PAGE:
Learn all about panthenol, including how it's made, and why Puracy uses panthenol in our products.
  • Derived from: rice
  • Pronunciation: (\ˈpan(t)-thē-nōl\)
  • Type: Naturally-derived
  • Other names: Vitamin B5

What Is Panthenol?

Panthenol is a substance made from vitamin B5, which is also called pantothenic acid. Pantothenic acid is found in all living things.[1] Panthenol comes in two forms: D-panthenol, which is an oily substance, and DL-panthenol, which is a white powder.[2] Panthenol is used in thousands of personal care and cosmetic products, including baby lotion, bath products, eye makeup, fragrances, hair care products, nail care products, suntan lotion and other items.[3,4]

What Does Panthenol Do in Our products?

Panthenol is an emollient that makes products smoother and more spreadable. It is also a moisturizer that helps keep the skin soft and conditioned.[5] Studies show that formulations containing panthenol significantly decrease water loss through the skin and accelerate wound healing.[6,7]

Why Puracy Uses Panthenol

We use panthenol as a moisturizer in our products. The Cosmetics Ingredient Review has deemed panthenol safe for use in cosmetics, and Whole Foods has deemed the ingredient acceptable in its body care quality standards.[11] Studies show it is not a strong skin irritant or a sensitizer.[12,13,14,15,16,17,18]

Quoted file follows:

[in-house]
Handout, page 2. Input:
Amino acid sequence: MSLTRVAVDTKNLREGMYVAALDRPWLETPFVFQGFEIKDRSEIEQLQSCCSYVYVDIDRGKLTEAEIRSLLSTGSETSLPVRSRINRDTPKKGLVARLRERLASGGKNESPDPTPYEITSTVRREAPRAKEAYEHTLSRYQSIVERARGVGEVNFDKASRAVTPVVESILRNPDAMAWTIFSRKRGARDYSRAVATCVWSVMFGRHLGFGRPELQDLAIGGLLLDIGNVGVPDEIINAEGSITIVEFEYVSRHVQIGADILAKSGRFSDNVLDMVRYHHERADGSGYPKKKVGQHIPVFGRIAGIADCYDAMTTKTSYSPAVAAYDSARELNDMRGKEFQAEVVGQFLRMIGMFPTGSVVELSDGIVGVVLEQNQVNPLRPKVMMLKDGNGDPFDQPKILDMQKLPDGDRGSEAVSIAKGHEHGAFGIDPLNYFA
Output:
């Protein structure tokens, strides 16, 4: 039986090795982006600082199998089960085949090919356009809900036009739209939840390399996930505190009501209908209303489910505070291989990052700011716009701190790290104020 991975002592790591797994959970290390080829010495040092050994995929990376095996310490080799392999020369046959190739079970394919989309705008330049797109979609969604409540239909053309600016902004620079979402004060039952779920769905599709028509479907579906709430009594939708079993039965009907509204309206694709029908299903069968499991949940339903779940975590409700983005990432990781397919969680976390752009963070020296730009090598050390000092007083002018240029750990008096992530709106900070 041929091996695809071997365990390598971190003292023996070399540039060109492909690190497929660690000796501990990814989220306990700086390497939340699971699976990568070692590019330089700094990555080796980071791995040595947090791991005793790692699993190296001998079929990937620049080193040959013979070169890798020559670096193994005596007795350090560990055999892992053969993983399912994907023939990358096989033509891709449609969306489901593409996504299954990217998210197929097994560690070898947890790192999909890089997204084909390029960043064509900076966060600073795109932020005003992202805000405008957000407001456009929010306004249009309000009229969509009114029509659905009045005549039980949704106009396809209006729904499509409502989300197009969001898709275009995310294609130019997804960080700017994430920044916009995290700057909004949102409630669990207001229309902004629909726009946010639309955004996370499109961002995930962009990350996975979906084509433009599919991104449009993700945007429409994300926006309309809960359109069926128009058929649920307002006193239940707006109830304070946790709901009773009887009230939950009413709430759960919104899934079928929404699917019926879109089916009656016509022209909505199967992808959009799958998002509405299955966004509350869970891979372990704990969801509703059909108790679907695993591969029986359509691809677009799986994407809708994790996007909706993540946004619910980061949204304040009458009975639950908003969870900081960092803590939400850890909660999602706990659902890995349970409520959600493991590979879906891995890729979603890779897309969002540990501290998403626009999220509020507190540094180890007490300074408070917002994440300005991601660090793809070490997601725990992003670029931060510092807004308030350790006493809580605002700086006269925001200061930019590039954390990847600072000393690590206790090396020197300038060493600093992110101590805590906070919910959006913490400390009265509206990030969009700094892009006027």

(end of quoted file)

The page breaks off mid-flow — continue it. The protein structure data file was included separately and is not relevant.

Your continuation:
How Panthenol Is Made

Pantothenic acid exists in all living cells and tissues. It is a component of coenzyme A, and it is involved in releasing energy from carbohydrates, as well as helping the body use fats and proteins, among other things.[8,9] It dissolves in water. The conventional manufacturing process of panthenol involves chemical condensation of synthetic R-pantolactone (α-hydroxy-β,β-dimethyl-γ-butyrolactone) with 3-aminopropanol.[10]



[1] Oregon State University Linus Pauling Institute
[3] Personal Care Council
[4] Personal Care Council
[6] Camargo, F.B., Gaspar, L.R., and Maia Campos, P.M., “Skin moisturizing effects of panthenol-based formulations,” Journal of Cosmetic Science (2011)Jul-Aug; 62(4):361-70
[7] Miller J.W., Rucker R.B. Pantothenic acid. In: Erdman JWJ, Macdonald IA, Zeisel SH, eds. Present Knowledge in Nutrition. 10th ed. Ames: Wiley-Blackwell; 2012:375-390
[8] Personal Care Council
[9] National Institutes of Health
[10] Ferrandez, A. et al. "Process for the production of panthenol"
[11] Whole Foods Market
[12] Personal Care Council
[13] “Final Report on the Safety Assessment of Panthenol and Pantothenic Acid,” International Journal of Toxicology, January/February 1987 vol. 6 no. 1 139-162
[14] CTFA. (1983). Four-day minicumulative human skin irritation study with a product containing 0.5 percent Panthenol. CTFA Code No. 3-8-22
[15] Hill Top Research, Inc. (1983). Report of a human skin test of cumulative irritation. CTFA Code No. 3-8-4
[16] Leo Winter Associates, Inc. (1974). Human repeated insult patch testing of a cream containing 0.5 percent Panthenol. CTFA Code No. 3-8-12
[17] CTFA. (1983). Human repeated insult patch testing of a cream containing 0.5 percent Panthenol. CTFA Code No. 2-8-15
[18] CTFA. (1983). Human allergic contact sensitization testing of a product containing 0.5 percent Panthenol. CTFA Code No. 3-8-23